The London Underground in its first major extension since the 1990s

LONDON (Reuters) – The London Underground opened two new stations on Monday (September 20) in the network’s first extension since the 1990s, an extension which Mayor Sadiq Khan says will play a key role in resuming the capital after the pandemic.

The two new Northern Line stations are located at Battersea Power Station and Nine Elms, both south of the Thames and in areas of South West London which have seen major construction and refurbishment works. regeneration in recent years.

The Battersea Power Plant, which was decommissioned in the 1980s, has been redeveloped into a posh residential and commercial complex now home to companies including tech giant Apple.

The nearby Nine Elms neighborhood, once an industrial estate, is home to the new United States Embassy building and dozens of new apartment buildings.

The London Underground network, or the Underground as it is commonly known, was last extended in the late 1990s with the extension of the Jubilee Line. The authorities have borrowed 1 billion pounds ($ 1.37 billion) from the Treasury for the latter project, which will be partly funded by contributions from developers.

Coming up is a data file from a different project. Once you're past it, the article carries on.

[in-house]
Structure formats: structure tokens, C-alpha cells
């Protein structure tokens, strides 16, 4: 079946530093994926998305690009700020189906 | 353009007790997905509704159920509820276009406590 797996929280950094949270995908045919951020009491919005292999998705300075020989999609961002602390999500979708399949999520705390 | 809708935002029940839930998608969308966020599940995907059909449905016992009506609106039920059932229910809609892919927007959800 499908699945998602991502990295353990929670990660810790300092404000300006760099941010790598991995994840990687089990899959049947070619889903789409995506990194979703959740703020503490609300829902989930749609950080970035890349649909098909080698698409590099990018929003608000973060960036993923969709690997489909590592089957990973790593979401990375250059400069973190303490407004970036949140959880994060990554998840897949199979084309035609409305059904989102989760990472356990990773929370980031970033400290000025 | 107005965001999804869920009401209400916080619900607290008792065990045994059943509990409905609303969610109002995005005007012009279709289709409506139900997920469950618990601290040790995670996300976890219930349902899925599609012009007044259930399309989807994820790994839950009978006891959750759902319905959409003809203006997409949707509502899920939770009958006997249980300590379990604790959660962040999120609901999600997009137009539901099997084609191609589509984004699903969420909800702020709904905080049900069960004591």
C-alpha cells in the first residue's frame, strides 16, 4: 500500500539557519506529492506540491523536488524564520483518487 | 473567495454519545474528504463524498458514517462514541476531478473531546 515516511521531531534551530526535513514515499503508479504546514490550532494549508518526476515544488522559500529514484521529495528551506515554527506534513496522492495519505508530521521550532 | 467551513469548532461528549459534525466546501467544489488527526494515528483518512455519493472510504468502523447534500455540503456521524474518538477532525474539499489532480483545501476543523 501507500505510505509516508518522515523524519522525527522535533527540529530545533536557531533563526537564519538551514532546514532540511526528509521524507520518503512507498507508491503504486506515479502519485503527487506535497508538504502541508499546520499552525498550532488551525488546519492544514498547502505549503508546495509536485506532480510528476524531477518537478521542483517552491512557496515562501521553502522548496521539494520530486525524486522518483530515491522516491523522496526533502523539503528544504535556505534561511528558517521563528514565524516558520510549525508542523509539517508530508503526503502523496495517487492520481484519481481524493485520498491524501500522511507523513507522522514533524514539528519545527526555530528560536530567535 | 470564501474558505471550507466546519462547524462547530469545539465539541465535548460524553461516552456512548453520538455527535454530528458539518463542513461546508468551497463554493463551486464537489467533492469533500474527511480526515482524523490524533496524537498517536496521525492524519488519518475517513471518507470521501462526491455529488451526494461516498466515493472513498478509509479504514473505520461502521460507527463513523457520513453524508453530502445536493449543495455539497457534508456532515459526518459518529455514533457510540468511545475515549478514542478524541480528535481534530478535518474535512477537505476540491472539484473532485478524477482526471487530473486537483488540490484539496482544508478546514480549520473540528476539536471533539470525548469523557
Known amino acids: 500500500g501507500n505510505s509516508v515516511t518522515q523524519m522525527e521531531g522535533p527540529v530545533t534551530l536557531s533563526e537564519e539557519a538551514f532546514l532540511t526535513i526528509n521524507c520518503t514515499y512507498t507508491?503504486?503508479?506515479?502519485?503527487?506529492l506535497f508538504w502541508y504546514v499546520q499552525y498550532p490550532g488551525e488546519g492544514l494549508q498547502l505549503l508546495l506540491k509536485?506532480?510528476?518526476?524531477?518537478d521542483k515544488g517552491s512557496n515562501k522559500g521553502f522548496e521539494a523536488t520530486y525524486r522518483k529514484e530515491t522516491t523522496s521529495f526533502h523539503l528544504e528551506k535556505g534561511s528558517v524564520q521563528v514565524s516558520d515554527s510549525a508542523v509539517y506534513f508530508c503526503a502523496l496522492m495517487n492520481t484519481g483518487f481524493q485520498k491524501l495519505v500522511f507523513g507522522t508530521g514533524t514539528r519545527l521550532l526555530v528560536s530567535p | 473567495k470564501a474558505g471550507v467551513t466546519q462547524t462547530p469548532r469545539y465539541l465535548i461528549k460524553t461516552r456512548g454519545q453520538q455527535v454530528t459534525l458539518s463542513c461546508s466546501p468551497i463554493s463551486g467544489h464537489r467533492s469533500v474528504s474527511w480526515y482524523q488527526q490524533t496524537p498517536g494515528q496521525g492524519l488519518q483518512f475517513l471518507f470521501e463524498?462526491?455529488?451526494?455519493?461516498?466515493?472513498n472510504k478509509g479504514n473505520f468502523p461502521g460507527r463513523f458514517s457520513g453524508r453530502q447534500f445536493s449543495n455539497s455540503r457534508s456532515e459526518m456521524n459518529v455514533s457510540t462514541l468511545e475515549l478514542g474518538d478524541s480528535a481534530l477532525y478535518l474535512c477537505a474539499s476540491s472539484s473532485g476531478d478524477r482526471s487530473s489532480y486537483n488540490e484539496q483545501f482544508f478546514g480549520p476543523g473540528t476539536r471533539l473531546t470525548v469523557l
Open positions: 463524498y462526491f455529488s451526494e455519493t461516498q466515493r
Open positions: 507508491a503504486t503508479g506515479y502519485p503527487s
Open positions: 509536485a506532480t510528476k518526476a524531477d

Transport for London estimates that the new services will support 25,000 new jobs and 20,000 new homes.

Khan has said London must play its part in the country’s recovery from the coronavirus pandemic.

Khan has been embroiled in a row with the government over funding for London’s public transport network, which has had to be bailed out several times since the start of the pandemic. The UK government gave some £ 4bn to run trains and buses as the transport network battled collapsing fare revenues.

The opening of the two new stations brings the total number of Metro stations to 272.

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